Generally, if you expect your tax rate to be higher or about the same in retirement then maximizing contributions to a TFSA first before the RRSP is recommended. Investments in the TFSA should then be considered long term and growth oriented.

Couples that use retirement income splitting typically pay less tax in retirement even when drawing healthy incomes, so in most cases, maximizing an RSP for long term retirement income planning is still preferred. But any extra cash for short or long term savings should go into a TFSA.

However, if you are single before retirement and plan to stay that way, the TFSA needs to be considered for long term retirement income planning. When too much has been invested in an RSP or merged with a deceased spouse’s assets, no income splitting is possible and higher tax in retirement is possible – along with Old Age Security claw back!

If you have extra cash, no or little debt, have maxed out your RSP contributions then using a TFSA for short term financial goals or long term retirement income planning is recommended.

If you are saving for a car or any other short term financial goal (and don’t have a lot of extra cash) then using a TFSA may be ideal again – unless you are using the TFSA for your long term plan.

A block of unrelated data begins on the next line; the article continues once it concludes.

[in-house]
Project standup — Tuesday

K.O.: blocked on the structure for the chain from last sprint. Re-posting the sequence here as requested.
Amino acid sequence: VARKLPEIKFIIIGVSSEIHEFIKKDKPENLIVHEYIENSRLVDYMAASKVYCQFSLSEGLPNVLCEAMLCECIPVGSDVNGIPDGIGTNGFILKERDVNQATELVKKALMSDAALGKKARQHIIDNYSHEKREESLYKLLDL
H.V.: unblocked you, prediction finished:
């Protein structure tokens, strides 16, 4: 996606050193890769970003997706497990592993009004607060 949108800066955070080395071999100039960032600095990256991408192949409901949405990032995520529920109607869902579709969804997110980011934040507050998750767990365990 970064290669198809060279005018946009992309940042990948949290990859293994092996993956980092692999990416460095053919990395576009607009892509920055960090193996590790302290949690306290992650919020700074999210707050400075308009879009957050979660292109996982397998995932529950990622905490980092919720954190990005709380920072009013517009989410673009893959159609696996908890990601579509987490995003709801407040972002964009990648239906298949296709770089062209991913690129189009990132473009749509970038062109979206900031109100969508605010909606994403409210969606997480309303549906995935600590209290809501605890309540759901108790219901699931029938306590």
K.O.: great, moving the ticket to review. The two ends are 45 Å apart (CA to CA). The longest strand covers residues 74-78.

If you are a first time home buyer and saving for a down payment on a home and you have a lot of extra cash, then contributing to an RSP may be your best option as you get a tax deduction and can withdraw from the RSP without penalty – certain timing rules regarding contributions and withdrawals apply.

Under 30 somethings have a real opportunity to create a tax free retirement income. For most other than the professionals with high incomes, using a TFSA may be their best long term retirement planning strategy. Contributing $10,000/yr. for 30 yrs. at 8% grows to $950,000. Which, given expected inflation will not be enough to fund a 40 year retirement but it’s a great start! The disadvantage of a TFSA is it’s too easy to withdraw the hard earned savings.

RSP and TFSA investment accounts offer us another way to save tax – but using them correctly and with some thought is recommended. Each individual’s tax situation needs to be considered before a long term strategy is put in place.   A competent Financial Planner is always a good resource to help!

Richard WR Yasinski CFP

The Seven Key Areas of Financial Literacy

November 20, 2015

The following are seven key areas of basic money management skills every individual needs to strive to have a basic understanding in order to develop money confidence.  Encourage you to review each of these areas with respect to your own situation. If you need clarification specific to your situation, please give me a call.

Cash Management – How is a cash flow plan prepared for your household?

Cash Management is about knowing what comes in and what goes out.  This simple budget planning worksheet is a great way to get a handle on your income and expenses.